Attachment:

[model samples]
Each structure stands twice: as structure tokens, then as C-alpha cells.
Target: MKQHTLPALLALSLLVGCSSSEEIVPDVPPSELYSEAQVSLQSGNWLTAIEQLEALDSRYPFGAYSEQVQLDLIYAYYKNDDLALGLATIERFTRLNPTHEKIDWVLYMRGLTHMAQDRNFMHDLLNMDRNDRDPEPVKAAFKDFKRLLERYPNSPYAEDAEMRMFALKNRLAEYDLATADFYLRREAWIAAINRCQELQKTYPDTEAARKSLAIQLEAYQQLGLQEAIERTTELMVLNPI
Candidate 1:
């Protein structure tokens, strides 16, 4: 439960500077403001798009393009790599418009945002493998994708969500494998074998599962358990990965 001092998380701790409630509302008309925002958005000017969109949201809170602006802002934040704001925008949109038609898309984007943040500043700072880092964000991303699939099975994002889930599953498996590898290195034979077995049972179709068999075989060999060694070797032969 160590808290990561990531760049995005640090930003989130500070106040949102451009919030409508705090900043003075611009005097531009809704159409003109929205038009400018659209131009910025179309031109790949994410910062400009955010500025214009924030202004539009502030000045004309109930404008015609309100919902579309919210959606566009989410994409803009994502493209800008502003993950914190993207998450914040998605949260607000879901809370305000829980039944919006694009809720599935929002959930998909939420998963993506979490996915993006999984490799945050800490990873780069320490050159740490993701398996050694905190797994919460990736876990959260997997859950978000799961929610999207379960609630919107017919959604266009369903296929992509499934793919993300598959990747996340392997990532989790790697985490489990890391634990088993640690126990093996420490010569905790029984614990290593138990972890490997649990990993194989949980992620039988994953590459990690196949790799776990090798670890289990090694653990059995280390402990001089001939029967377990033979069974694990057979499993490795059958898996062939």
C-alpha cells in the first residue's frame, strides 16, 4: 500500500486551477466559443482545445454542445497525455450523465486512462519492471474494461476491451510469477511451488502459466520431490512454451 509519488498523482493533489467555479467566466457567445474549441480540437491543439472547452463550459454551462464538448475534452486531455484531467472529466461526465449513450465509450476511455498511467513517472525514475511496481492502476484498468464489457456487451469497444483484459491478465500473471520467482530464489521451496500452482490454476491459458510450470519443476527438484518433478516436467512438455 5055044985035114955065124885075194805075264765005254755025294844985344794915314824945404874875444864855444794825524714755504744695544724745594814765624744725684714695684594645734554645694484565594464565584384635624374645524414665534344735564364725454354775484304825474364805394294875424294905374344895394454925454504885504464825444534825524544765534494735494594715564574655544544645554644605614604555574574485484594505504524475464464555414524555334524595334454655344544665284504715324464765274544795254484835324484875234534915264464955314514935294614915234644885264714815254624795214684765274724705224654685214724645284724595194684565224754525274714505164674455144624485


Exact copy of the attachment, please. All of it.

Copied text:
[model samples]
Each structure stands twice: as structure tokens, then as C-alpha cells.
Target: MKQHTLPALLALSLLVGCSSSEEIVPDVPPSELYSEAQVSLQSGNWLTAIEQLEALDSRYPFGAYSEQVQLDLIYAYYKNDDLALGLATIERFTRLNPTHEKIDWVLYMRGLTHMAQDRNFMHDLLNMDRNDRDPEPVKAAFKDFKRLLERYPNSPYAEDAEMRMFALKNRLAEYDLATADFYLRREAWIAAINRCQELQKTYPDTEAARKSLAIQLEAYQQLGLQEAIERTTELMVLNPI
Candidate 1:
């Protein structure tokens, strides 16, 4: 439960500077403001798009393009790599418009945002493998994708969500494998074998599962358990990965 001092998380701790409630509302008309925002958005000017969109949201809170602006802002934040704001925008949109038609898309984007943040500043700072880092964000991303699939099975994002889930599953498996590898290195034979077995049972179709068999075989060999060694070797032969 160590808290990561990531760049995005640090930003989130500070106040949102451009919030409508705090900043003075611009005097531009809704159409003109929205038009400018659209131009910025179309031109790949994410910062400009955010500025214009924030202004539009502030000045004309109930404008015609309100919902579309919210959606566009989410994409803009994502493209800008502003993950914190993207998450914040998605949260607000879901809370305000829980039944919006694009809720599935929002959930998909939420998963993506979490996915993006999984490799945050800490990873780069320490050159740490993701398996050694905190797994919460990736876990959260997997859950978000799961929610999207379960609630919107017919959604266009369903296929992509499934793919993300598959990747996340392997990532989790790697985490489990890391634990088993640690126990093996420490010569905790029984614990290593138990972890490997649990990993194989949980992620039988994953590459990690196949790799776990090798670890289990090694653990059995280390402990001089001939029967377990033979069974694990057979499993490795059958898996062939």
C-alpha cells in the first residue's frame, strides 16, 4: 500500500486551477466559443482545445454542445497525455450523465486512462519492471474494461476491451510469477511451488502459466520431490512454451 509519488498523482493533489467555479467566466457567445474549441480540437491543439472547452463550459454551462464538448475534452486531455484531467472529466461526465449513450465509450476511455498511467513517472525514475511496481492502476484498468464489457456487451469497444483484459491478465500473471520467482530464489521451496500452482490454476491459458510450470519443476527438484518433478516436467512438455 5055044985035114955065124885075194805075264765005254755025294844985344794915314824945404874875444864855444794825524714755504744695544724745594814765624744725684714695684594645734554645694484565594464565584384635624374645524414665534344735564364725454354775484304825474364805394294875424294905374344895394454925454504885504464825444534825524544765534494735494594715564574655544544645554644605614604555574574485484594505504524475464464555414524555334524595334454655344544665284504715324464765274544795254484835324484875234534915264464955314514935294614915234644885264714815254624795214684765274724705224654685214724645284724595194684565224754525274714505164674455144624485